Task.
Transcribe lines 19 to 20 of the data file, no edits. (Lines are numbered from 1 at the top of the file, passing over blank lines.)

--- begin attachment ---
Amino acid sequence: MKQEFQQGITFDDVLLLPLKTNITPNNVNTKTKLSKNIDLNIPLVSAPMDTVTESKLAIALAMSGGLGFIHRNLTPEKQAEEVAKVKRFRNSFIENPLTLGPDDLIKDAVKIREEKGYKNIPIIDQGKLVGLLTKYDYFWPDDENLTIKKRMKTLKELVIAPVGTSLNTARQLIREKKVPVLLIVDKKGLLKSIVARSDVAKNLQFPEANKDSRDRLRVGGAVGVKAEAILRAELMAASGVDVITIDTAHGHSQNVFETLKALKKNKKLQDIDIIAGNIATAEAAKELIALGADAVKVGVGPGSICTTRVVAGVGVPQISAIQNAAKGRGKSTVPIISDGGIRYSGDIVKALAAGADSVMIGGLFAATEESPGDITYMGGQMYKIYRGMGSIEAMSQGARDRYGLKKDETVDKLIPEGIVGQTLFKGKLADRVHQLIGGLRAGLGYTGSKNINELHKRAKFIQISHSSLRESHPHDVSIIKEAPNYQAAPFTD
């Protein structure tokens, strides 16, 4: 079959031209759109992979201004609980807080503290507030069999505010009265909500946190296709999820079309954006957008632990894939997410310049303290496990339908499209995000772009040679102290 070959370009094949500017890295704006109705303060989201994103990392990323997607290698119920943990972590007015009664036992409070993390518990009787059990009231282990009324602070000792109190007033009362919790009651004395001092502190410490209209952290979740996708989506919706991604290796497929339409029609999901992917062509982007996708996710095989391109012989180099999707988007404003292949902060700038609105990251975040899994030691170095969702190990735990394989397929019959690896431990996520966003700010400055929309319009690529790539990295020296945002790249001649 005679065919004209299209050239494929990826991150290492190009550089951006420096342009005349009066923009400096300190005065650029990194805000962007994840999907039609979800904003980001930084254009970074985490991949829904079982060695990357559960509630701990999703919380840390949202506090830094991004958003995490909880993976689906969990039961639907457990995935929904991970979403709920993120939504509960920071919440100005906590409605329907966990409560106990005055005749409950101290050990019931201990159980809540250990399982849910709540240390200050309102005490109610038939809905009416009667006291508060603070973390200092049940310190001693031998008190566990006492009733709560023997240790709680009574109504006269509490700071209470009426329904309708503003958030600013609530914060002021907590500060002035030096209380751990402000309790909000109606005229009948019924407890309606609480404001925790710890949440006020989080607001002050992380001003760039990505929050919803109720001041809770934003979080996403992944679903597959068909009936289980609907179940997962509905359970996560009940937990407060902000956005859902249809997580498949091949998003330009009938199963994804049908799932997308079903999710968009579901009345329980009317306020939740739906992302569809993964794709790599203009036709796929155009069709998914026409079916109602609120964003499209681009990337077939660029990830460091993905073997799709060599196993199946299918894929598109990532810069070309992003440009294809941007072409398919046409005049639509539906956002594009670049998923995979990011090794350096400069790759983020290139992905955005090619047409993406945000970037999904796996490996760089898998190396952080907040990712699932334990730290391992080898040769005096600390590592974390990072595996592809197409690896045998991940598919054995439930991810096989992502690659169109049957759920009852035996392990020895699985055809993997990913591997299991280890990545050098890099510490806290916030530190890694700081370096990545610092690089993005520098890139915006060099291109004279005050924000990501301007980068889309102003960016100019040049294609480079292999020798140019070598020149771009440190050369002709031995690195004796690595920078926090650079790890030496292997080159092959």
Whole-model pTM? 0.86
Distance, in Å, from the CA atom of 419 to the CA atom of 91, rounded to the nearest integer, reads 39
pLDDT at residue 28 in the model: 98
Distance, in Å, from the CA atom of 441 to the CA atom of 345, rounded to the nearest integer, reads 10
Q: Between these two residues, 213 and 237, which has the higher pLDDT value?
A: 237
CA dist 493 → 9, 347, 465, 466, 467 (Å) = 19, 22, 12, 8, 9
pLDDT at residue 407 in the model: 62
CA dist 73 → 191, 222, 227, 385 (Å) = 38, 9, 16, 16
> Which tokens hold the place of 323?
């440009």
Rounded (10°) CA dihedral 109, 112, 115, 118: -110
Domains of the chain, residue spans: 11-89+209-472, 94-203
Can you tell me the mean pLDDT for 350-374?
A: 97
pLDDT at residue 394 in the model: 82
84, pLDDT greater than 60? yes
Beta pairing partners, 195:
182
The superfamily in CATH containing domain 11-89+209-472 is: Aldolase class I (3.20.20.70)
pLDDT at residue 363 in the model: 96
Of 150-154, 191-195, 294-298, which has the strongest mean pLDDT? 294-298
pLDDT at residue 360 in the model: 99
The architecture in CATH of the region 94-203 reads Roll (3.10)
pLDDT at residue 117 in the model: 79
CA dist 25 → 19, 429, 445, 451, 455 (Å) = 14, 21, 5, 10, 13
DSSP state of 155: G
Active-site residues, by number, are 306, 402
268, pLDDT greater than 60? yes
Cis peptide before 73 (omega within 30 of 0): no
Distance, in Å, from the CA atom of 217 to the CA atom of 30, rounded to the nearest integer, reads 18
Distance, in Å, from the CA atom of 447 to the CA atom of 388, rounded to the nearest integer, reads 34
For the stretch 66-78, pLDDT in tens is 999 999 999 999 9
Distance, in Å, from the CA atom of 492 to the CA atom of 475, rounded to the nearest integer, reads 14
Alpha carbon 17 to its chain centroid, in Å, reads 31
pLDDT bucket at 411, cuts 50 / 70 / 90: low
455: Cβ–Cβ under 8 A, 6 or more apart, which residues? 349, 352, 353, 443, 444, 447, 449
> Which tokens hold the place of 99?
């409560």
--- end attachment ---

84, pLDDT greater than 60? yes
Beta pairing partners, 195: